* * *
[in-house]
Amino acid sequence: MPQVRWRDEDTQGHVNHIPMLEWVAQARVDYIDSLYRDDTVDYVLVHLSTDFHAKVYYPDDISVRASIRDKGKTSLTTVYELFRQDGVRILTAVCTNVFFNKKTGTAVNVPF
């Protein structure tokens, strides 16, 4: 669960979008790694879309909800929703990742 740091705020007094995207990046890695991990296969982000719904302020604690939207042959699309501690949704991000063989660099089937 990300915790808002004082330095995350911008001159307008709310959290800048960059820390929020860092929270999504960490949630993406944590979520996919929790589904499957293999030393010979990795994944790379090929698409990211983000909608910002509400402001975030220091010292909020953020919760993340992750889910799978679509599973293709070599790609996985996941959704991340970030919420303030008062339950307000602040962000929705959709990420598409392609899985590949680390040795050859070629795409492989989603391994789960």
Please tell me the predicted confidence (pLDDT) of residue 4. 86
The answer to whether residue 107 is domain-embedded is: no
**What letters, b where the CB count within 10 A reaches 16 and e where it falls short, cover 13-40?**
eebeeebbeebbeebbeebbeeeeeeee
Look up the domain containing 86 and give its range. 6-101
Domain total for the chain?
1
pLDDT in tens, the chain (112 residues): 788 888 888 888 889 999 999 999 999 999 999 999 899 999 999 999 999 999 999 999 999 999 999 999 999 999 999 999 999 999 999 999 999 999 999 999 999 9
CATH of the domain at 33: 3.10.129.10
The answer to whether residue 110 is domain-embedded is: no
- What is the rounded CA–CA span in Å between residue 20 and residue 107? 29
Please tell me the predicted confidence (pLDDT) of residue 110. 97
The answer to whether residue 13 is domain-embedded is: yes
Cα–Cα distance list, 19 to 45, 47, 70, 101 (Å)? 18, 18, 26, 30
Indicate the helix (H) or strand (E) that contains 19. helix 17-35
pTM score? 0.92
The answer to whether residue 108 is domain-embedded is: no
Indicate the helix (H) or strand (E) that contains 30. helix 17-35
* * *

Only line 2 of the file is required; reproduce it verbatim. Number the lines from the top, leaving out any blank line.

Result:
Amino acid sequence: MPQVRWRDEDTQGHVNHIPMLEWVAQARVDYIDSLYRDDTVDYVLVHLSTDFHAKVYYPDDISVRASIRDKGKTSLTTVYELFRQDGVRILTAVCTNVFFNKKTGTAVNVPF